• Plug-in hybrid vehicles: Similar to conventional hybrids (12-V standard battery and DC-DC converter are present, electric motor can act alone) but with bigger and higher capacity traction batteries (voltage range up to 400 V, capacity up to 18 kWh, possibility to be externally charged).
  • Full-electric vehicles: Absence of combustion engine, with traction due to electric motor only. Battery voltages aren't lower than 400 V, with some models reaching 800 V. Battery capacity typically goes up to 100 kWh, though recent pickup truck applications have significantly higher energy-storage capacity. 12-V battery and DC-DC converter are still present.

GaN FETs in a Dual-Phase Buck Converter Ref Design for 48-V Automotive Apps

In this automotive reference design (PMP23392),3 there are four 100-V, 97-A LMG3100R017 GaN FETs with an integrated driver. The GaN FETs are configured in a dual-phase, interleaved, synchronous buck controller design. The converter has a 5-V regulated output at 30 A with a peak current of 60 A. The input voltage needs to be 24 to 60 V with a nominal voltage of 48 V. The thermal image is shown in Figure 4.

Other GaN Automotive Applications

  • Automotive GaN FETs engineered for high frequency and robustness in HEV/EVs.5
  • In 2020, Texas Instruments introduced the electronic industry's first automotive GaN FET with an integrated driver, active power management,6 and protection.
  • The Infineon traction inverter converts DC to AC voltage for the traction motor. GaN transistors achieve greater energy efficiency, which leads to more than 5% extended vehicle driving ranges (Fig. 5).
  • Infineon high-voltage DC-DC converters with GaN are quite efficient, with less losses and less wasted power to heat. These high-power-density DC-DC converters lead to lower vehicle weight along with a smaller system size.

The Rise of GaN in EV System Design

GaN has become increasingly important in EV design. GaN power devices enable high power density, longer-range vehicle capability, smaller size, and higher efficiency, leading to overall lower EV system cost.

Read more articles in the TechXchange: Gallium Nitride (GaN).


1. On-board battery charger (OBC) for electric vehicles, Infineon.

2. “GaN-on-Si Power HEMTs for Automotive: Current Status and Perspectives,” D. Favero, A. Marcuzzi, C. De Santi, G. Meneghesso, E. Zanoni and M. Meneghini, AEIT 2023.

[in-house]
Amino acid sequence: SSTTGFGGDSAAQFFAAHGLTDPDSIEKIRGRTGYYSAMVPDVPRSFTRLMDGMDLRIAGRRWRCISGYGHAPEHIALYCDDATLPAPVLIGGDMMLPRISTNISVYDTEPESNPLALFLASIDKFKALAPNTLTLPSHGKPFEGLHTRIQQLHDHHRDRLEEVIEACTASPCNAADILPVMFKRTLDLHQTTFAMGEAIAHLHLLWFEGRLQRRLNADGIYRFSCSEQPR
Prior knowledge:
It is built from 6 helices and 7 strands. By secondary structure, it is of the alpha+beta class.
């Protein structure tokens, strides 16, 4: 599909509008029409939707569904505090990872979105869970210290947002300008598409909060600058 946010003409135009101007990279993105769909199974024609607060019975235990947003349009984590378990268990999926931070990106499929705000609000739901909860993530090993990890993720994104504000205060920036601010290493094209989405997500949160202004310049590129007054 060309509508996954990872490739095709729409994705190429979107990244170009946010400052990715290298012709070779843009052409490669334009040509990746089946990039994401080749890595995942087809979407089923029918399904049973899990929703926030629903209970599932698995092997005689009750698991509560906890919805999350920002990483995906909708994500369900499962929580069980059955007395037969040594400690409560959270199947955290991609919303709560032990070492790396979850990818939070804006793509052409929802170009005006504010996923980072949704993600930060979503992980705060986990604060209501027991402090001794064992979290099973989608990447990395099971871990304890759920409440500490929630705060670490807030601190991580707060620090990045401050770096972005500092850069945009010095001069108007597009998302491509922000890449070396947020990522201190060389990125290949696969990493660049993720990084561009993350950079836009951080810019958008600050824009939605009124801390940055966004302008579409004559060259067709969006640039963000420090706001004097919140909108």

3. “Test Report: PMP23392 Dual-Phase Buck Converter Reference Design Using GaN FETs for 48V Automotive Applications,” TIDT388, Texas Instruments, 2024.

4. Surround view system ECU, Automotive camera, Texas Instruments.

5. “Automotive GaN FETs Engineered for High Frequency and Robustness in HEV/EVs,” Technical article, SSZT220, November 2020.

6. “TI introduces industry's first automotive GaN FET with integrated driver, protection, and active power management,” 2020.

7. “Optimizing GaN-Based High-Voltage, High-Power Designs,” Brent McDonald, Markus Zehendner, Texas Instruments, 2022.

8. “GaN devices for automotive application and their challenges in adoption,” Tetsu Kachi, IEEE 2018.

About the Author

Steve Taranovich | Freelance Technical Writer, Phoenix Information Communication LLC

Steve is a contributing editor to Electronic Design. 

Author of the non-fiction “Guardians of the Right Stuff,” a true story of the Apollo program as told by NASA and Grumman Corp. engineers, an astronaut, and technicians.

Experienced Editor-In-Chief of EETimes/Planet Analog and Senior Technical Editor at EDN running the Analog and Power Management Design Centers from 2012 to 2019.

A demonstrated history in electronic circuit design and applications for 40 years, and nine years of technical writing and editing in industry. Skilled in Analog Electronics, Space-related Electronics, Audio, RF & Communications, Power Management, Electrical Engineering, and Integrated Circuits (IC).

1972 to 1988 worked as a circuit design engineer in audio (8 years) and microwave (8 years). Then was Corporate Account Manager/applications engineer for Burr-Brown from 1988 to 2000 when TI purchased Burr-Brown. Worked for TI from 2000 to 2011.

Strong media and communication professional with a BEEE from NYU Engineering in 1972 and an MSEE from Polytechnic University in 1989. Senior Lifetime member of IEEE. Former IEEE Long Island, NY Director of Educational Activities. Eta Kappa Nu EE honor society member since 1970.

Sponsored Recommendations


To join the conversation, and become an exclusive member of Electronic Design, create an account today!